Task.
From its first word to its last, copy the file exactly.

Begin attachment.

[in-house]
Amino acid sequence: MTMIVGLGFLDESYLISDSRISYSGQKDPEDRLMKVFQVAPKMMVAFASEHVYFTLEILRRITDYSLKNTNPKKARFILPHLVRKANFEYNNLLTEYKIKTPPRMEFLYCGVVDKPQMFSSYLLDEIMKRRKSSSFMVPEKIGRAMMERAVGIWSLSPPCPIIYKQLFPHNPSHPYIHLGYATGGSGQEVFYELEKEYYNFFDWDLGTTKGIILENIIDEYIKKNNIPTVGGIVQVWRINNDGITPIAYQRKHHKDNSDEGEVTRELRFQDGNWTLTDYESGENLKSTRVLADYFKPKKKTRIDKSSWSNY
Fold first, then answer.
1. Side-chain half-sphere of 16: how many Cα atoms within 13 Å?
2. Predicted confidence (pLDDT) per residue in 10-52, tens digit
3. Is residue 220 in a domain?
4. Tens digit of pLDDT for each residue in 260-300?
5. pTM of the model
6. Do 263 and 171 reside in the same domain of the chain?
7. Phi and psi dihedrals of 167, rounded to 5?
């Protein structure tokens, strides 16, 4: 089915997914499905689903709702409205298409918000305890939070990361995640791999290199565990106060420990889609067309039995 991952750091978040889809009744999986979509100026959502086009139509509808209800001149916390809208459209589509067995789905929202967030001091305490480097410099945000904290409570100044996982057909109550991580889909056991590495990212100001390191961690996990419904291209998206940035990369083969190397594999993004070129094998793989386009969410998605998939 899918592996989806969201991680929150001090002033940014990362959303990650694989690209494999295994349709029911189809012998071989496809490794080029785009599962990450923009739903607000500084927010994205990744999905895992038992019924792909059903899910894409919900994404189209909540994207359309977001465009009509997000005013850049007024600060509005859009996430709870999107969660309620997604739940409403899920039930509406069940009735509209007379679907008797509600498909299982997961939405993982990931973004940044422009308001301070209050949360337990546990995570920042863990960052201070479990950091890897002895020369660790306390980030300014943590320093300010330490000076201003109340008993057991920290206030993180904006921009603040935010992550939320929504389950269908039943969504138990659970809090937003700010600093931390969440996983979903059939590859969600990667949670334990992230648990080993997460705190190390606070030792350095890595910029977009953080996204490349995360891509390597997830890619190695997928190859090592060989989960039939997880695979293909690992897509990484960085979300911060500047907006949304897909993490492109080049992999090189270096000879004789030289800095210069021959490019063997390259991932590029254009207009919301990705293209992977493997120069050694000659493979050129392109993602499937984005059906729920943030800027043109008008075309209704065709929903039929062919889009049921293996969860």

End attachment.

[in-house]
Amino acid sequence: MTMIVGLGFLDESYLISDSRISYSGQKDPEDRLMKVFQVAPKMMVAFASEHVYFTLEILRRITDYSLKNTNPKKARFILPHLVRKANFEYNNLLTEYKIKTPPRMEFLYCGVVDKPQMFSSYLLDEIMKRRKSSSFMVPEKIGRAMMERAVGIWSLSPPCPIIYKQLFPHNPSHPYIHLGYATGGSGQEVFYELEKEYYNFFDWDLGTTKGIILENIIDEYIKKNNIPTVGGIVQVWRINNDGITPIAYQRKHHKDNSDEGEVTRELRFQDGNWTLTDYESGENLKSTRVLADYFKPKKKTRIDKSSWSNY
Fold first, then answer.
1. Side-chain half-sphere of 16: how many Cα atoms within 13 Å?
2. Predicted confidence (pLDDT) per residue in 10-52, tens digit
3. Is residue 220 in a domain?
4. Tens digit of pLDDT for each residue in 260-300?
5. pTM of the model
6. Do 263 and 171 reside in the same domain of the chain?
7. Phi and psi dihedrals of 167, rounded to 5?
């Protein structure tokens, strides 16, 4: 089915997914499905689903709702409205298409918000305890939070990361995640791999290199565990106060420990889609067309039995 991952750091978040889809009744999986979509100026959502086009139509509808209800001149916390809208459209589509067995789905929202967030001091305490480097410099945000904290409570100044996982057909109550991580889909056991590495990212100001390191961690996990419904291209998206940035990369083969190397594999993004070129094998793989386009969410998605998939 899918592996989806969201991680929150001090002033940014990362959303990650694989690209494999295994349709029911189809012998071989496809490794080029785009599962990450923009739903607000500084927010994205990744999905895992038992019924792909059903899910894409919900994404189209909540994207359309977001465009009509997000005013850049007024600060509005859009996430709870999107969660309620997604739940409403899920039930509406069940009735509209007379679907008797509600498909299982997961939405993982990931973004940044422009308001301070209050949360337990546990995570920042863990960052201070479990950091890897002895020369660790306390980030300014943590320093300010330490000076201003109340008993057991920290206030993180904006921009603040935010992550939320929504389950269908039943969504138990659970809090937003700010600093931390969440996983979903059939590859969600990667949670334990992230648990080993997460705190190390606070030792350095890595910029977009953080996204490349995360891509390597997830890619190695997928190859090592060989989960039939997880695979293909690992897509990484960085979300911060500047907006949304897909993490492109080049992999090189270096000879004789030289800095210069021959490019063997390259991932590029254009207009919301990705293209992977493997120069050694000659493979050129392109993602499937984005059906729920943030800027043109008008075309209704065709929903039929062919889009049921293996969860």